I'm listening to an abridged version, the 35 audiobook CD set I got with an Amazon voucher I received for a colour pencil drawing many years ago. I wouldn't read abridged text, would settle rather for getting not so far, but figure that listening (almost) justifies such a cheat, and it does allow me to relax and absorb the music of it and acquire an overview. This is the second time around, now I'm some way into Swann in Love, and even with the shortened version find there's a huge amount I don't recall, as you said, the first time it was more a case of needing to get to the end of the marathon. Also, certain characters and episodes fall into place better knowing how they fit into the whole. When I come to a particularly interesting bit I do sometimes hunt it down in the complete text in English and French - Kindle enables this better than print - which often reveals details the abridging left out. I think I could probably spend the rest of my life pottering about this project, oddly it doesn't bother me that it could take forever.

That dedication page brings something of a lump to the throat and a sting to the eye.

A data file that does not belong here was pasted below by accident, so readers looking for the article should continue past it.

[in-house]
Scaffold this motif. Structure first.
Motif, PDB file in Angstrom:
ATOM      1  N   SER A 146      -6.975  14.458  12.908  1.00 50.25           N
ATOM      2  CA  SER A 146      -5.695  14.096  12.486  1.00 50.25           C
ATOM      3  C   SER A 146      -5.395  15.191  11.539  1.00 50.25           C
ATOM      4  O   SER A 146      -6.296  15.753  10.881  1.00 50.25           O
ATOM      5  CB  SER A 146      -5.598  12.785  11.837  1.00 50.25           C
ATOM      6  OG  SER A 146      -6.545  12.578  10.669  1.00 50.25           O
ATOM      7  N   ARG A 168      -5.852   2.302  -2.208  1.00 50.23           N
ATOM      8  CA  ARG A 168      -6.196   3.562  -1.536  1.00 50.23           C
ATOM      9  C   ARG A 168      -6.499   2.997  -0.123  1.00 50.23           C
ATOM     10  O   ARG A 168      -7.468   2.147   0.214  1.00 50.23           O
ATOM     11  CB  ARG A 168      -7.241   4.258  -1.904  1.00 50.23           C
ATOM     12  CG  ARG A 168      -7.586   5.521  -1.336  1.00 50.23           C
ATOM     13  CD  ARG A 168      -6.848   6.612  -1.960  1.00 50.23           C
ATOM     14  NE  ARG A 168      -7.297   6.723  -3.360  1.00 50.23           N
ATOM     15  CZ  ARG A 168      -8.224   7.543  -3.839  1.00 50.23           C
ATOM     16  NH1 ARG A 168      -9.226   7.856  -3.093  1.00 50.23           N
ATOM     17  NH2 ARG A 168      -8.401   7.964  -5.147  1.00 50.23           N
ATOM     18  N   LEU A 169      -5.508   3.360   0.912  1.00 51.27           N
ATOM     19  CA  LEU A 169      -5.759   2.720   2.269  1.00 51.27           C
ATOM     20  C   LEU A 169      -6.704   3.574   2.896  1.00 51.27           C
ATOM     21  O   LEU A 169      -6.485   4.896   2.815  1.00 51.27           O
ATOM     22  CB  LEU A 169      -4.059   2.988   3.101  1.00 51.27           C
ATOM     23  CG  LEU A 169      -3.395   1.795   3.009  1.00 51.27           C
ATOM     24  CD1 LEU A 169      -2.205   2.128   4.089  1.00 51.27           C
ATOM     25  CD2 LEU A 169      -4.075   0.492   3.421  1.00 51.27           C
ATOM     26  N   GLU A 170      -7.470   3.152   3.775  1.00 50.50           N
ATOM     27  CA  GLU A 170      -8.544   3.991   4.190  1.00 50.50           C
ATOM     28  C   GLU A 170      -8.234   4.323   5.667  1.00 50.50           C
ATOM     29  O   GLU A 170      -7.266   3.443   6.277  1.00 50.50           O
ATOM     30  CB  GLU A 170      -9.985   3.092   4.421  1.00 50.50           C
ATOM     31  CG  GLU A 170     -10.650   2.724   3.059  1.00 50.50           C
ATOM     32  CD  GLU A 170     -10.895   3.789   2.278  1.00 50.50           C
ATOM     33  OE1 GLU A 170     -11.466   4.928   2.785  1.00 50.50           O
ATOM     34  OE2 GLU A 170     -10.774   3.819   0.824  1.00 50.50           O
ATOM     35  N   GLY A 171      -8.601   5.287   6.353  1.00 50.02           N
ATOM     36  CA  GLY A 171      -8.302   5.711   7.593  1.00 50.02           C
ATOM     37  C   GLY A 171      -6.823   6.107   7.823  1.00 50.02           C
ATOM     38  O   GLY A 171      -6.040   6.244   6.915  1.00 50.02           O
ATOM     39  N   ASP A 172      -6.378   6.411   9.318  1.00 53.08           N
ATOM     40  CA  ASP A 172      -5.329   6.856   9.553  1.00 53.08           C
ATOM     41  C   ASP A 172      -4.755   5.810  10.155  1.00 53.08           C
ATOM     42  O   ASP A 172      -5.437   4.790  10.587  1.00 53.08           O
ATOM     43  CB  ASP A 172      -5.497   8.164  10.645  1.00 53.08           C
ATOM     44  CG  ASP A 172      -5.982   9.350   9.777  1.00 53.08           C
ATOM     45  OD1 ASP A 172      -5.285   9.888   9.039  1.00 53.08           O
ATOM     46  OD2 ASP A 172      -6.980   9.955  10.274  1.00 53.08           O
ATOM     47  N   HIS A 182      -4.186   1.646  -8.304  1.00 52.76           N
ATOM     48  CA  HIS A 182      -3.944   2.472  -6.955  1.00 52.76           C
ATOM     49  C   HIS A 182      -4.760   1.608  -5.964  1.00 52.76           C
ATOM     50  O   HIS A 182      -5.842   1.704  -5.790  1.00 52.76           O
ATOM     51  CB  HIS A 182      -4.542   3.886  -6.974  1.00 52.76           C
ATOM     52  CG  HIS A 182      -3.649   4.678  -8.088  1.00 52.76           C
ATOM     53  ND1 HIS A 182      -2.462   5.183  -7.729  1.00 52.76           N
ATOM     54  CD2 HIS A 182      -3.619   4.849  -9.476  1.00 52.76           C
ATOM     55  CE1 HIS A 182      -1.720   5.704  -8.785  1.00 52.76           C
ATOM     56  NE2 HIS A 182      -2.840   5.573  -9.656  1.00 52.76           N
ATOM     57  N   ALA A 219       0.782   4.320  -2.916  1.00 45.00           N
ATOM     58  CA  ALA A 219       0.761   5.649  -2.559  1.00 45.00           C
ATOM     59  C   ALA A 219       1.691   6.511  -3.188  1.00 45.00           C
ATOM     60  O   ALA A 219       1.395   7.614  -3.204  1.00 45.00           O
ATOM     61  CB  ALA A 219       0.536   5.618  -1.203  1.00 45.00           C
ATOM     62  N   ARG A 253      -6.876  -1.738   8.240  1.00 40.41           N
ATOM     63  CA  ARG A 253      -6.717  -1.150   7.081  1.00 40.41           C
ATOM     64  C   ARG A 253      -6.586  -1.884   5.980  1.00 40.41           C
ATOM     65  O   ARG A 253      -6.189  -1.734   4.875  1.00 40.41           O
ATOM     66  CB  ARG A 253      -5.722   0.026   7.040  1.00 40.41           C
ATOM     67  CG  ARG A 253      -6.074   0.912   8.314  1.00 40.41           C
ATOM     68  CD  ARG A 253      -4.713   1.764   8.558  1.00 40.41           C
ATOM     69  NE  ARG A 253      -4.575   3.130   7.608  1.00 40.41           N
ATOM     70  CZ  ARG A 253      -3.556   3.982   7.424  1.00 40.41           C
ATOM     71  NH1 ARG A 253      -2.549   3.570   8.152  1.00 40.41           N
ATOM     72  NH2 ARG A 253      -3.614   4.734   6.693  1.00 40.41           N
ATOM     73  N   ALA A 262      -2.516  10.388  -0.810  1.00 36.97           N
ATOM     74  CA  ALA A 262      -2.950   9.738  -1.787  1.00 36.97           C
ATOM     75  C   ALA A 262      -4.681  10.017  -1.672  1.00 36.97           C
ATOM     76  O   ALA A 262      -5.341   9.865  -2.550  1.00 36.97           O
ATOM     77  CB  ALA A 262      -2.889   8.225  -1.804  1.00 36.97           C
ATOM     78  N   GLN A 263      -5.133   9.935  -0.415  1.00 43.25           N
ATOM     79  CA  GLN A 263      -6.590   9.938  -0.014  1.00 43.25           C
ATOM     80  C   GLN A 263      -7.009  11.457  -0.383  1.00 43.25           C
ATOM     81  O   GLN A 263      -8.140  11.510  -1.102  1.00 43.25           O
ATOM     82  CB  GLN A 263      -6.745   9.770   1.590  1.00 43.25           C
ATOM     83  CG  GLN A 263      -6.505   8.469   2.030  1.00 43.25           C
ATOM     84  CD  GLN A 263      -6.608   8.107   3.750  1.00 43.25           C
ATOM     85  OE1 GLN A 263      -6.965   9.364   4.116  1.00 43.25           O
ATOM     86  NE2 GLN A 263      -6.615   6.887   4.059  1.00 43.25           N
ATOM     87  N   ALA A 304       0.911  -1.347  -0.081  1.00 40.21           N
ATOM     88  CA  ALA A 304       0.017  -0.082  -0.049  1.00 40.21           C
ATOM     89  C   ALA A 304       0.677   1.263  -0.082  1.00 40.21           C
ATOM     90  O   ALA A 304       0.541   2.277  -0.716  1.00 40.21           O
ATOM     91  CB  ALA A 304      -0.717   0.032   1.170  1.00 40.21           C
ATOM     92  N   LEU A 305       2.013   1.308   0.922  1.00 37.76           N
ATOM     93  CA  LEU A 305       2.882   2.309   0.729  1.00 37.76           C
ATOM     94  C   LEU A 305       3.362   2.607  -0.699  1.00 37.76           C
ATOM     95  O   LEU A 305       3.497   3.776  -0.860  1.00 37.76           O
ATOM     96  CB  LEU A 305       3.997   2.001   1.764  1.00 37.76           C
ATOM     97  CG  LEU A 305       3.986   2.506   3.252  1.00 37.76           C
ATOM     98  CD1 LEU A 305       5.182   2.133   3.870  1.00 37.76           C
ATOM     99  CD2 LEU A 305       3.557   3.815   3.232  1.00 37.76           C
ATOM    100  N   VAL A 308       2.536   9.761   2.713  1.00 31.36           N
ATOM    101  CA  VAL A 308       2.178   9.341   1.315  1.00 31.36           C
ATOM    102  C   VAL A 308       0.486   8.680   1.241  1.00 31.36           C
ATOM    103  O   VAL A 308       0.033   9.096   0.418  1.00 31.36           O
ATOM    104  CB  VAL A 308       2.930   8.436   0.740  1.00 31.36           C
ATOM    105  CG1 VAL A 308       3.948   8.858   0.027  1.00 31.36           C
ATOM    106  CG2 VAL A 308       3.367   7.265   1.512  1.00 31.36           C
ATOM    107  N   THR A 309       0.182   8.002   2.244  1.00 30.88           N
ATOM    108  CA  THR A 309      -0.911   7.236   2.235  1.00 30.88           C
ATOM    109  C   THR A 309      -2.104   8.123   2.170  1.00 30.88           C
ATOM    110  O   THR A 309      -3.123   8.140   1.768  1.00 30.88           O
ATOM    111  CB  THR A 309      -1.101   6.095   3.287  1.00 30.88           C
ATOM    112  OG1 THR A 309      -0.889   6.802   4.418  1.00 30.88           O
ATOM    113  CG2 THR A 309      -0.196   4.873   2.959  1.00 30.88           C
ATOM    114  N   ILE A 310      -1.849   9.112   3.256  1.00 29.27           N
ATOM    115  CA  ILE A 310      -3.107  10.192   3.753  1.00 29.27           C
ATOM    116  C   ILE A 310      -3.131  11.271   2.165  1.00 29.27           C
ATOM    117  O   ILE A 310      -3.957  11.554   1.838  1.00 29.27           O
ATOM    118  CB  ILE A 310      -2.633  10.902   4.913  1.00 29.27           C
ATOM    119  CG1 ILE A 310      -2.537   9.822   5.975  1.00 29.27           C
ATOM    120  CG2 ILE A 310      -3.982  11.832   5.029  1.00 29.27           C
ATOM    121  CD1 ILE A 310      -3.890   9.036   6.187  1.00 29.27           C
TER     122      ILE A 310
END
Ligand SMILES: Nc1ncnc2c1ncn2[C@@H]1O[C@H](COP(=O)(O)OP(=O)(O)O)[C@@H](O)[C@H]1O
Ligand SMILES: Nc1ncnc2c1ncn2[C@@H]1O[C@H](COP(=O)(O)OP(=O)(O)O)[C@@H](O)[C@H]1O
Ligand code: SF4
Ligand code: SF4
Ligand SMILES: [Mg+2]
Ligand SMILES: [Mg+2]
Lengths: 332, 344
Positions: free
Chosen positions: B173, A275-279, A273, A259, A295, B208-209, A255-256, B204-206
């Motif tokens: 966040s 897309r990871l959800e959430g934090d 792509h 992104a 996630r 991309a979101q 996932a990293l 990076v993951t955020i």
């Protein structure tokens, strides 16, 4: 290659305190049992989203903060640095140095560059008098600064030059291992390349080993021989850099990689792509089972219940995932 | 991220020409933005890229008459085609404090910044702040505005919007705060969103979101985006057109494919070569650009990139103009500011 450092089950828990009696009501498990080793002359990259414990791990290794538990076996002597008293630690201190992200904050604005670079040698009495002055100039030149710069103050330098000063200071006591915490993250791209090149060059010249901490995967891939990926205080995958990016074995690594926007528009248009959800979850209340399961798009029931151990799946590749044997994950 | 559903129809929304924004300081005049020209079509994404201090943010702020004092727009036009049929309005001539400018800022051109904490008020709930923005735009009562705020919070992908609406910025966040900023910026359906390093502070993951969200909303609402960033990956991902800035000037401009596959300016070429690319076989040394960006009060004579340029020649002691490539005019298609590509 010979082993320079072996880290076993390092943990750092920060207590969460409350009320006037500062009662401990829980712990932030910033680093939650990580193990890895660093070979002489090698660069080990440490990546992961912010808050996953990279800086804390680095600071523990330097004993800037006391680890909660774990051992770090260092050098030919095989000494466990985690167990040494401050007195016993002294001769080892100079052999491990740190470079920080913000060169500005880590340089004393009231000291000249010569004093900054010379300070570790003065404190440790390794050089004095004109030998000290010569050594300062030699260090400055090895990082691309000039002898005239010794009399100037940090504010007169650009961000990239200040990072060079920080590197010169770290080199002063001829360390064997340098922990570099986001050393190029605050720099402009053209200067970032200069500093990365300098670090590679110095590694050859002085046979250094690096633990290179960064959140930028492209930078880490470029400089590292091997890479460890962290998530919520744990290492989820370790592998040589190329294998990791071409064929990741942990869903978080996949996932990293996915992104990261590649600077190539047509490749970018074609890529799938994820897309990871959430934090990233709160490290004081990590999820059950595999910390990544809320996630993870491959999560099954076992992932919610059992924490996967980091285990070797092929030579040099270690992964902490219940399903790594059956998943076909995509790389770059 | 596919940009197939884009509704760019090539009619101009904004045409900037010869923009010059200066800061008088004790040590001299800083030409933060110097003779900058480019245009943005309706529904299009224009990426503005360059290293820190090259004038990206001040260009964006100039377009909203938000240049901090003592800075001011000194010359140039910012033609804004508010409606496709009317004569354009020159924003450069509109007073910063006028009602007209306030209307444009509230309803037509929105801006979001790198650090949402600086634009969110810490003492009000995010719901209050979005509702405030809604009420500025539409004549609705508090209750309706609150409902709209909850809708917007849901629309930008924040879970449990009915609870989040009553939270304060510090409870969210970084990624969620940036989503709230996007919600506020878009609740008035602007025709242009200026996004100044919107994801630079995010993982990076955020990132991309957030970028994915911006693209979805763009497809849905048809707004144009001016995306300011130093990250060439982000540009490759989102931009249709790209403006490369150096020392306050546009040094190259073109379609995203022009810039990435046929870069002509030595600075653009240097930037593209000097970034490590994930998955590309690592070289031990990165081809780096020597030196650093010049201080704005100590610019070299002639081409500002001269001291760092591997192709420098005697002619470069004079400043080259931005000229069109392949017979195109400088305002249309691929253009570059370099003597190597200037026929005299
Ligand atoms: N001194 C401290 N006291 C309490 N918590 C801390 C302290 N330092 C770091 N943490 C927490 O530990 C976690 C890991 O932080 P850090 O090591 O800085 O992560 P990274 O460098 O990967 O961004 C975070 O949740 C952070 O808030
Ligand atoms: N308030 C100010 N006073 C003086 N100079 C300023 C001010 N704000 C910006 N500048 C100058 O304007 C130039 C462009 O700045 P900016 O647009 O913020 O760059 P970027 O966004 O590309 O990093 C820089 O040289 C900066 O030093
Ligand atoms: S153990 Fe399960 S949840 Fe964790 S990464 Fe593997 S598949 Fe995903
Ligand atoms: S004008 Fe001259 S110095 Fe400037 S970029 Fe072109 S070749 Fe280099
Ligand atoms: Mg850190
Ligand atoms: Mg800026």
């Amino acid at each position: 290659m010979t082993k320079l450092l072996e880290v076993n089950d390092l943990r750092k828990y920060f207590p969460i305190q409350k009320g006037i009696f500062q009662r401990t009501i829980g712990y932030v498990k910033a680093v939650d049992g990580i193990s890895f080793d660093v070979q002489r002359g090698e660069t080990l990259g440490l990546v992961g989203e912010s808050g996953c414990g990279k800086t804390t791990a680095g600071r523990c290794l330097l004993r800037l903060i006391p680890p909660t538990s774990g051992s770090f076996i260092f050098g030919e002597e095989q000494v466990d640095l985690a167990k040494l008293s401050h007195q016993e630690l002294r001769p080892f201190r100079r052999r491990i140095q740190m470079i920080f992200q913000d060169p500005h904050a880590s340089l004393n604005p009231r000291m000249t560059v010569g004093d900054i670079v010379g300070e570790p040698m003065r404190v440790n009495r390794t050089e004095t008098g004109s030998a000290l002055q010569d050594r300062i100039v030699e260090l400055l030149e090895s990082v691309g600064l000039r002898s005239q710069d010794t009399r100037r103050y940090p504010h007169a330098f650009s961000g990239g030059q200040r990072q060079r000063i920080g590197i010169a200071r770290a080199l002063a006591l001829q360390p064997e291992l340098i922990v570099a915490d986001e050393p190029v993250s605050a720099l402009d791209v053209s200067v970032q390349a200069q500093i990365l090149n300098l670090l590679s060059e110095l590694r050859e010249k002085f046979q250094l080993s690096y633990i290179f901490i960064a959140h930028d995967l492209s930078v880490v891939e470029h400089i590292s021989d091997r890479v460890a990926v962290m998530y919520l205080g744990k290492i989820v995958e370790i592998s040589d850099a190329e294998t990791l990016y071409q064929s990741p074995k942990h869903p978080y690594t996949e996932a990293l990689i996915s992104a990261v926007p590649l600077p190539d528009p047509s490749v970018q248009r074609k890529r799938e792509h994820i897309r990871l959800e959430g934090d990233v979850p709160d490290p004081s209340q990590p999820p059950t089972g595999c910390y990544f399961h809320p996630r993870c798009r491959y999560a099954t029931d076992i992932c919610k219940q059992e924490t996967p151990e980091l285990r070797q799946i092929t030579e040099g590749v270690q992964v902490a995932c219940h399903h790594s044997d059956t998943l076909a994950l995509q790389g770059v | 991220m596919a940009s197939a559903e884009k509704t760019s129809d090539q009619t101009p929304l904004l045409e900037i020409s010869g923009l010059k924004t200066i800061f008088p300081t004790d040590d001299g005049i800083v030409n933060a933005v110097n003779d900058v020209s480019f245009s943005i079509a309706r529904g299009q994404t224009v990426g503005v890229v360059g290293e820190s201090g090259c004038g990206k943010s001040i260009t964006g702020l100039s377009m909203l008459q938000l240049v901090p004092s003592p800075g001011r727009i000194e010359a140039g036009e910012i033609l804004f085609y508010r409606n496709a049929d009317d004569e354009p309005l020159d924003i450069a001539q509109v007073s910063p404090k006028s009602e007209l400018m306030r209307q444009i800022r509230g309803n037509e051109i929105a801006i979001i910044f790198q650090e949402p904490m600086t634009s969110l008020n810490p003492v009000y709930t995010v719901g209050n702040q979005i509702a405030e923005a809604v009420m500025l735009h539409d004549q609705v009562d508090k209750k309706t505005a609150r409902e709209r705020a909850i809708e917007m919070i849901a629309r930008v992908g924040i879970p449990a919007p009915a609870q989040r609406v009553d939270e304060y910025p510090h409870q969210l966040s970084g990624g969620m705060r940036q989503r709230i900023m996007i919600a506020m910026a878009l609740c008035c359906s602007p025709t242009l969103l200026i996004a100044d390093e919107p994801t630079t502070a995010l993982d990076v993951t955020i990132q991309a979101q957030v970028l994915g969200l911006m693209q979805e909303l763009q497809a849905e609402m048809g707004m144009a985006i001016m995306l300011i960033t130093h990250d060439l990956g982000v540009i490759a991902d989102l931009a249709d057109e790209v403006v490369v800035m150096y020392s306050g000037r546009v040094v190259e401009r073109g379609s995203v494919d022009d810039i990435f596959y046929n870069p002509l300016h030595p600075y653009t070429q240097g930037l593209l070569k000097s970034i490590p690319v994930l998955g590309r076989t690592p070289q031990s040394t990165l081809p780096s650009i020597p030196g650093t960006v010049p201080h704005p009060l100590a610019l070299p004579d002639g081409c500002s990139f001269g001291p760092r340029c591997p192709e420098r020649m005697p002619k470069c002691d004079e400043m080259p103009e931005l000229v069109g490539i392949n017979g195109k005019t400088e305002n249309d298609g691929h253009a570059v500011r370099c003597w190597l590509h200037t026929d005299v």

Roderick Robinson said...

Lucy: We seem to be marching closer and closer in step, as if we were due to sign up with the Brigade of Guards. Soon after I started re-reading I lost my place in the Kindle and found myself reading passages I'd read only a week before. Much of which I'd already forgotten.

Also "doesn't bother me that it could take forever" rings a bell. This time I decided to read more slowly than I'd done before. Kindle assists in this because the lines are shorter than they are in the printed book. Also, because of Kindle's "percentage" page counting system (after several weeks I'm still only 5% into Swann's Way or - possibly - the whole book) I have the continuing impression I'll never reach the end. And this is important. With Proust more than any other author it seems obligatory to travel hopefully. There are so many asides, quite detached from the plot. Also there's a further incidental process going on in my head - a voice saying this extract is suitable for Tone Deaf. Just a hint to non-Proustians that old Marcel was more than just length.